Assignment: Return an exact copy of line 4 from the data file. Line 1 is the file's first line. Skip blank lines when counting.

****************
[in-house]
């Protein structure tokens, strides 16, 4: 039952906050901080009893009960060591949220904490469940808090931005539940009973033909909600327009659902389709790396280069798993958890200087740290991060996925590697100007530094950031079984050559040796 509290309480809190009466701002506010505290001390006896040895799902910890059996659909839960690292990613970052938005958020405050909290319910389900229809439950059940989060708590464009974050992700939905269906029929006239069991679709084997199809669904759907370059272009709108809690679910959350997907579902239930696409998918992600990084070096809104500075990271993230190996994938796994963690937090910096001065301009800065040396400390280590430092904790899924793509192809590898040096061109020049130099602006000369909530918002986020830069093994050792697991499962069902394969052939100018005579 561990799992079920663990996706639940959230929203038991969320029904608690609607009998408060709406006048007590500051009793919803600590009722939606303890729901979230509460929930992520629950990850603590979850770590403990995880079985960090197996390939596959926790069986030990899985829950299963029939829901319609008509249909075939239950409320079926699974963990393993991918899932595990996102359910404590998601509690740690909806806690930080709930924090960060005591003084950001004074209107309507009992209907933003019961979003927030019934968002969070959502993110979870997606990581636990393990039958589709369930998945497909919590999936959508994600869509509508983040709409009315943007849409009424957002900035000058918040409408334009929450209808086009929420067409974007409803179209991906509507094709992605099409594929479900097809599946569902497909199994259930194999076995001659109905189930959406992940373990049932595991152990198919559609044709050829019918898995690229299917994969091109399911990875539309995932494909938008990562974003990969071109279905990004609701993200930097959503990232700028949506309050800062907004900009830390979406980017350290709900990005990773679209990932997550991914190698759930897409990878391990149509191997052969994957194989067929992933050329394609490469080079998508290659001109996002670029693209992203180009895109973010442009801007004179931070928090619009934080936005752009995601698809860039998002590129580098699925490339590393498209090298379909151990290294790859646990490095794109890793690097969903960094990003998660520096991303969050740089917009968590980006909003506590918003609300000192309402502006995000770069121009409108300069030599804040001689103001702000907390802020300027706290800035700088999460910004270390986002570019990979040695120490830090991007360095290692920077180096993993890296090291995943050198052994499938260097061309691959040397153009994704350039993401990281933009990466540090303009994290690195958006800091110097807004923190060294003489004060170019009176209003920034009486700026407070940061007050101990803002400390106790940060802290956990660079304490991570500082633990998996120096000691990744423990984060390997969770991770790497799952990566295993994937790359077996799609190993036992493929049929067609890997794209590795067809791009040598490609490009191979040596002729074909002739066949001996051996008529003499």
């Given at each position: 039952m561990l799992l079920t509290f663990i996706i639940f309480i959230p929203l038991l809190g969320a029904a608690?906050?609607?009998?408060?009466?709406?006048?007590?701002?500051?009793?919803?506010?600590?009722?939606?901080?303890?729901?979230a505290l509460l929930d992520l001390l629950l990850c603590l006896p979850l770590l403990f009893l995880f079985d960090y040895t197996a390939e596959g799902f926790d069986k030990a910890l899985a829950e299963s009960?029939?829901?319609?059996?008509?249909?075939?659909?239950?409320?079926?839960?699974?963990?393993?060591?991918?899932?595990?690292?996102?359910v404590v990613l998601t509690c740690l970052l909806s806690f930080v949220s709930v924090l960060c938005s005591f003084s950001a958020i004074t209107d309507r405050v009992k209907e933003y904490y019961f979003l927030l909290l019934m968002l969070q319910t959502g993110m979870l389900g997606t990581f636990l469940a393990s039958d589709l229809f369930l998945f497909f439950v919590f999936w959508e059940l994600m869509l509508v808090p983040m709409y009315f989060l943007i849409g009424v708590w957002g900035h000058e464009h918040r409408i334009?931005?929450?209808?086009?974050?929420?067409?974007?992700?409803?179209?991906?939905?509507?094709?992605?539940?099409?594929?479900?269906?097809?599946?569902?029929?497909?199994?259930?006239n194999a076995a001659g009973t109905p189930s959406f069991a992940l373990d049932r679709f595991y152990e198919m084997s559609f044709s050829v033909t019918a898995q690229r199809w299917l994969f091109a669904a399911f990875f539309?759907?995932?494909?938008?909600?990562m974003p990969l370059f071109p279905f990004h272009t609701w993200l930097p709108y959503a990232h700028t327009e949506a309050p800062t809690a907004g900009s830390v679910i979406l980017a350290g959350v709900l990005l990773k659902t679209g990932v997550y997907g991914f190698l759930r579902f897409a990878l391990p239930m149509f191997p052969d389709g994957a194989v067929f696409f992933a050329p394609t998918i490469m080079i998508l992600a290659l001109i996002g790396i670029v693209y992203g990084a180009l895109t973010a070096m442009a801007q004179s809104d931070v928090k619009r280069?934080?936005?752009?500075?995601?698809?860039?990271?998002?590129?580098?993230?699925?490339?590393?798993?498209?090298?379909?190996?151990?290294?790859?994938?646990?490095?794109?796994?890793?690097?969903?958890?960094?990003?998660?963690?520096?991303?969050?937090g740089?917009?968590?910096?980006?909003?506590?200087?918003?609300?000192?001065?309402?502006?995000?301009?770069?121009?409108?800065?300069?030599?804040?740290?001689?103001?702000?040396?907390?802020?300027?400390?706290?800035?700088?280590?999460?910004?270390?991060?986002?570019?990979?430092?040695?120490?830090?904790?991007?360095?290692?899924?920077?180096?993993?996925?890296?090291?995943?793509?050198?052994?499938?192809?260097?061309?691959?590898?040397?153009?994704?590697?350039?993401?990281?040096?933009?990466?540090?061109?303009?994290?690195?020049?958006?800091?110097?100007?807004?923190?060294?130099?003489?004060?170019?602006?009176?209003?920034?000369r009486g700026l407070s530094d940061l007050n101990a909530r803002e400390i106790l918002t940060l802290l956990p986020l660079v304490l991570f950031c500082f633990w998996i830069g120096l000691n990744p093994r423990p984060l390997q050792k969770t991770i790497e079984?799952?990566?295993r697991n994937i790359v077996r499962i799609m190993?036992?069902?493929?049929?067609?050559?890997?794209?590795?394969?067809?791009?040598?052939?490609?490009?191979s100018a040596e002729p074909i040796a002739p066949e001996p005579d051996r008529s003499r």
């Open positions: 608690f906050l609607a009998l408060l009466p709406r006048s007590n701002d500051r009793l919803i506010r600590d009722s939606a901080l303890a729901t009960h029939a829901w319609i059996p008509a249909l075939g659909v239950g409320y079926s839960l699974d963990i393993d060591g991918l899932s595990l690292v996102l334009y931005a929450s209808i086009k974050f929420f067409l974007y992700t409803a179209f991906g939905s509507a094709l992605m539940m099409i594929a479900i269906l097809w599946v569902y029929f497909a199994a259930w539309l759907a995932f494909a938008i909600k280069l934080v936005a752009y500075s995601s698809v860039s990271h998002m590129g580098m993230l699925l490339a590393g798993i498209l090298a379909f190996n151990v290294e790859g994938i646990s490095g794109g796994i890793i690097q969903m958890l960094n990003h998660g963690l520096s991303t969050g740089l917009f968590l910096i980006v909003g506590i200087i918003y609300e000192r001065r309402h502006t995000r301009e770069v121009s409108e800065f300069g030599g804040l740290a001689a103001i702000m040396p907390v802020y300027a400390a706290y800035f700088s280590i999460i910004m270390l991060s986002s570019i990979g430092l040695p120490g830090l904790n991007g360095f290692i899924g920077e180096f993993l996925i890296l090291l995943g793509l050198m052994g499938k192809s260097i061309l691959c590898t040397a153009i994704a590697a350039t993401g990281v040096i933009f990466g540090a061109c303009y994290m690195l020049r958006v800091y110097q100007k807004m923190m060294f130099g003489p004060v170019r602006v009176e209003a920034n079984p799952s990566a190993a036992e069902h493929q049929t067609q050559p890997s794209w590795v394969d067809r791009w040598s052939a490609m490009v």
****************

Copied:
């Open positions: 608690f906050l609607a009998l408060l009466p709406r006048s007590n701002d500051r009793l919803i506010r600590d009722s939606a901080l303890a729901t009960h029939a829901w319609i059996p008509a249909l075939g659909v239950g409320y079926s839960l699974d963990i393993d060591g991918l899932s595990l690292v996102l334009y931005a929450s209808i086009k974050f929420f067409l974007y992700t409803a179209f991906g939905s509507a094709l992605m539940m099409i594929a479900i269906l097809w599946v569902y029929f497909a199994a259930w539309l759907a995932f494909a938008i909600k280069l934080v936005a752009y500075s995601s698809v860039s990271h998002m590129g580098m993230l699925l490339a590393g798993i498209l090298a379909f190996n151990v290294e790859g994938i646990s490095g794109g796994i890793i690097q969903m958890l960094n990003h998660g963690l520096s991303t969050g740089l917009f968590l910096i980006v909003g506590i200087i918003y609300e000192r001065r309402h502006t995000r301009e770069v121009s409108e800065f300069g030599g804040l740290a001689a103001i702000m040396p907390v802020y300027a400390a706290y800035f700088s280590i999460i910004m270390l991060s986002s570019i990979g430092l040695p120490g830090l904790n991007g360095f290692i899924g920077e180096f993993l996925i890296l090291l995943g793509l050198m052994g499938k192809s260097i061309l691959c590898t040397a153009i994704a590697a350039t993401g990281v040096i933009f990466g540090a061109c303009y994290m690195l020049r958006v800091y110097q100007k807004m923190m060294f130099g003489p004060v170019r602006v009176e209003a920034n079984p799952s990566a190993a036992e069902h493929q049929t067609q050559p890997s794209w590795v394969d067809r791009w040598s052939a490609m490009v």